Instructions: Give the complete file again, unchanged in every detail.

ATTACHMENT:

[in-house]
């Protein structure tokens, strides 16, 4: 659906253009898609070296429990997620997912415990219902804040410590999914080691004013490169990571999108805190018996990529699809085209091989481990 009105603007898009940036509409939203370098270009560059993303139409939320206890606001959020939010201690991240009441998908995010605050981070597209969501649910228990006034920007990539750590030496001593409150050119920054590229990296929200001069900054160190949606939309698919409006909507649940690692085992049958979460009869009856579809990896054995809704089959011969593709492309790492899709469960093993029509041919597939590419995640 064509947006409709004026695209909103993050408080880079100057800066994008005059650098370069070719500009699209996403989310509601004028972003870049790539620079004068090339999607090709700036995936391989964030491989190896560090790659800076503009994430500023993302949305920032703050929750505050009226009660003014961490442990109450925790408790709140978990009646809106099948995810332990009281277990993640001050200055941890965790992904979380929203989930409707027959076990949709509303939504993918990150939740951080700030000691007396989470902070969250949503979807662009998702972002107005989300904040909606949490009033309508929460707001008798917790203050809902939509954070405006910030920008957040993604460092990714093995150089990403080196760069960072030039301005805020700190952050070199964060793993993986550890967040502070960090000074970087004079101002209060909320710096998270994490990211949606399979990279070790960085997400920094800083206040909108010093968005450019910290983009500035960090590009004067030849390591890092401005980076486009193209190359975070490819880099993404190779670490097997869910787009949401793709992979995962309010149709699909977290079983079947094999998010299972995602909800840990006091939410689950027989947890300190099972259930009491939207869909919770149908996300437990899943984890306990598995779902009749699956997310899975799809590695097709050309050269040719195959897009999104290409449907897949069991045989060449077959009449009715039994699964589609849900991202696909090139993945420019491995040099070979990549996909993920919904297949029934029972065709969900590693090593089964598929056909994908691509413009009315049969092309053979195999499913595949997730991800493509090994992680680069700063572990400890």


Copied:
[in-house]
């Protein structure tokens, strides 16, 4: 659906253009898609070296429990997620997912415990219902804040410590999914080691004013490169990571999108805190018996990529699809085209091989481990 009105603007898009940036509409939203370098270009560059993303139409939320206890606001959020939010201690991240009441998908995010605050981070597209969501649910228990006034920007990539750590030496001593409150050119920054590229990296929200001069900054160190949606939309698919409006909507649940690692085992049958979460009869009856579809990896054995809704089959011969593709492309790492899709469960093993029509041919597939590419995640 064509947006409709004026695209909103993050408080880079100057800066994008005059650098370069070719500009699209996403989310509601004028972003870049790539620079004068090339999607090709700036995936391989964030491989190896560090790659800076503009994430500023993302949305920032703050929750505050009226009660003014961490442990109450925790408790709140978990009646809106099948995810332990009281277990993640001050200055941890965790992904979380929203989930409707027959076990949709509303939504993918990150939740951080700030000691007396989470902070969250949503979807662009998702972002107005989300904040909606949490009033309508929460707001008798917790203050809902939509954070405006910030920008957040993604460092990714093995150089990403080196760069960072030039301005805020700190952050070199964060793993993986550890967040502070960090000074970087004079101002209060909320710096998270994490990211949606399979990279070790960085997400920094800083206040909108010093968005450019910290983009500035960090590009004067030849390591890092401005980076486009193209190359975070490819880099993404190779670490097997869910787009949401793709992979995962309010149709699909977290079983079947094999998010299972995602909800840990006091939410689950027989947890300190099972259930009491939207869909919770149908996300437990899943984890306990598995779902009749699956997310899975799809590695097709050309050269040719195959897009999104290409449907897949069991045989060449077959009449009715039994699964589609849900991202696909090139993945420019491995040099070979990549996909993920919904297949029934029972065709969900590693090593089964598929056909994908691509413009009315049969092309053979195999499913595949997730991800493509090994992680680069700063572990400890």